• Requires a “sunsetting” of the above prohibition in five years, but requires the agriculture committees of the Ohio House and Senate to jointly review the effectiveness of the prohibitions, determine whether to prevent the sunset and to submit a report of findings to the Governor of Ohio.

Ohio Agricultural Pollution Abatement Program

  • Declares that it is the intent of the General Assembly that legislation transferring the administration and enforcement of the Agricultural Pollution Abatement Program from the Department of Natural Resources to the Department of Agriculture shall be enacted not later than July 1, 2015.

Harmful Algae Management

  • Appoints the Director of the Ohio Environmental Protection Agency or his/her designee as the coordinator of harmful algae management and response.
  • Requires the Director of Environmental Protection to consult with specified state and local officials and representatives to develop actions that protect against cyanobacteria in the western basin and public water supplies and that manage wastewater to limit nutrient loading into the western basin.
  • Requires the Director to develop and implement protocols and actions regarding monitoring and management of cyanobacteria and other agents that may result in harmful algal production.

Nutrient loading to Ohio watersheds

  • Authorizes the Director of Environmental Protection to study, calculate and evaluate nutrient loading to Ohio watersheds from point and nonpoint sources and to determine the most environmentally beneficial and cost-effective mechanisms to reduce nutrient loading.
  • Requires the Director or the Director's designee to report and update the study's results to coincide with the release of the Ohio Integrated Water Quality Monitoring and Assessment Report.

Phosphorous monitoring for publicly owned treatment works

  • Requires certain publicly owned treatment work to begin monthly monitoring of total and dissolved phosphorous by December 1, 2016.
  • Requires a publicly owned treatment works that is not subject to a specified phosphorous effluent limit on the bill's effective date to complete and submit an optimization study that evaluates its ability to reduce phosphorous to that limit.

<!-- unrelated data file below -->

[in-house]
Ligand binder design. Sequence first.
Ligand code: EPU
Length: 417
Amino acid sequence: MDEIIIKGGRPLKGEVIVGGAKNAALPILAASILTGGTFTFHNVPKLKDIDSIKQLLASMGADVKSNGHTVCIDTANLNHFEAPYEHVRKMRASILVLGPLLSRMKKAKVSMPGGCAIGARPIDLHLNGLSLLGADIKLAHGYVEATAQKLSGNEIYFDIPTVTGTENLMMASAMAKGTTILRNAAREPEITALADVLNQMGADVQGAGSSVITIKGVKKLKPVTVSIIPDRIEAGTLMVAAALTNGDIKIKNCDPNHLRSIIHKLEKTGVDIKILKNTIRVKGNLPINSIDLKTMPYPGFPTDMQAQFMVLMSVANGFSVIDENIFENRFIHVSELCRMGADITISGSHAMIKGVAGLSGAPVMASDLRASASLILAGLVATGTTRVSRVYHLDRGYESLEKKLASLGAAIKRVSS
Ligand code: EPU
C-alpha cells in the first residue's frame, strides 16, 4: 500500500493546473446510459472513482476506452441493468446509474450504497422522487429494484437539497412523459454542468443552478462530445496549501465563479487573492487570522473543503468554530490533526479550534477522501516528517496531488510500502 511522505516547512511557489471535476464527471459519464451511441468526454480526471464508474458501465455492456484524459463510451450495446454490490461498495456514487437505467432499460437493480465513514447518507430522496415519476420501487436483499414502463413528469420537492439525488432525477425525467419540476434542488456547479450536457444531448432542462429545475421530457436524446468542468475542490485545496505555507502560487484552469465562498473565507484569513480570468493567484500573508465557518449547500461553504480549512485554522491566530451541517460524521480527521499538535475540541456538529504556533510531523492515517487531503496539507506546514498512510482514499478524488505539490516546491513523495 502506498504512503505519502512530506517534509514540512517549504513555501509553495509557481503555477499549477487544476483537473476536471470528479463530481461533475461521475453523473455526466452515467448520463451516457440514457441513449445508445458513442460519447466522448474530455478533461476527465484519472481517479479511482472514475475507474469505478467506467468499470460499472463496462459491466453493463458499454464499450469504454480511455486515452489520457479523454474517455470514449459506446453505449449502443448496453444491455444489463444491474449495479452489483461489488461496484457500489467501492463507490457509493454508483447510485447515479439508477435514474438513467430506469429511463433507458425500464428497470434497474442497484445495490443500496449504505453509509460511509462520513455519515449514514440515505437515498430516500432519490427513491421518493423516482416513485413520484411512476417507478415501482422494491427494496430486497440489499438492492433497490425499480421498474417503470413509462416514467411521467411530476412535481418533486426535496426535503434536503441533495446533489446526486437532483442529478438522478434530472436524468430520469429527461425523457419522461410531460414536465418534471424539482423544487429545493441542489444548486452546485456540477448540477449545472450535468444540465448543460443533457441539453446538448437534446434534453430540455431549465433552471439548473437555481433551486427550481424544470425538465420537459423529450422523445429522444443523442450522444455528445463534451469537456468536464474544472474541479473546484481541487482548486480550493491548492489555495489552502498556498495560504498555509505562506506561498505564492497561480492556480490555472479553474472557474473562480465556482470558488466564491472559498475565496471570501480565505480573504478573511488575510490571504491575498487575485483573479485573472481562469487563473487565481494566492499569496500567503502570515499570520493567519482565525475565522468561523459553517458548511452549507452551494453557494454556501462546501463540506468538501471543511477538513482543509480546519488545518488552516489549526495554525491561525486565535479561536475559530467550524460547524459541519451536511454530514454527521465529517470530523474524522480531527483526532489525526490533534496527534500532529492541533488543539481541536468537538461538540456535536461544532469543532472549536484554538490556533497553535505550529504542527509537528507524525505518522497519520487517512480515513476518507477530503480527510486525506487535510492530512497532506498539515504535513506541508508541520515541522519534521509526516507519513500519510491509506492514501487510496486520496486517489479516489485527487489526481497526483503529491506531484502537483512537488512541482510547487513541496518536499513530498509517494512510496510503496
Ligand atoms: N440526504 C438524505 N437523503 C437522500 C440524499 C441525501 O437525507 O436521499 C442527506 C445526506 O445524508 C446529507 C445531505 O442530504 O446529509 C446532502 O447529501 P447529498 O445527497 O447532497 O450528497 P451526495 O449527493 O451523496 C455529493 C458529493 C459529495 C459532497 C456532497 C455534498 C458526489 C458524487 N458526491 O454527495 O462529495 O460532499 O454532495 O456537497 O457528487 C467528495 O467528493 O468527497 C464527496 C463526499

Dredged material in Lake Erie and tributaries

  • Beginning on July 1, 2020, prohibits deposits of dredged material from harbor or navigation maintenance activities in Ohio’s portion of Lake Erie and direct tributaries of the lake unless authorized by the Director of Ohio EPA.
  • Allows the Ohio EPA Director to authorize a deposit of dredged material for confined disposal facilities; beneficial use; beach nourishment; placement in the littoral drift; habitat restoration and projects involving amounts of dredged material of less than 10,000 cubic yards.
  • Requires the Ohio EPA Director to endeavor to work with the U.S. Army Corps of Engineers on long-term planning for the disposition of dredged materials.

Lead contamination

  • Revises the definition of "lead free" and prohibits using or selling certain plumbing supplies and materials that are not lead free for public water systems or in a facility providing water for human consumption, with stated exceptions.

Emergency declaratation

  • The bill declares an emergency and would be effective immediately.

Visit this link to review SB 1.  The Ohio House of Representatives is currently considering its proposal to address algal blooms, with action expected on the proposal in the next few weeks.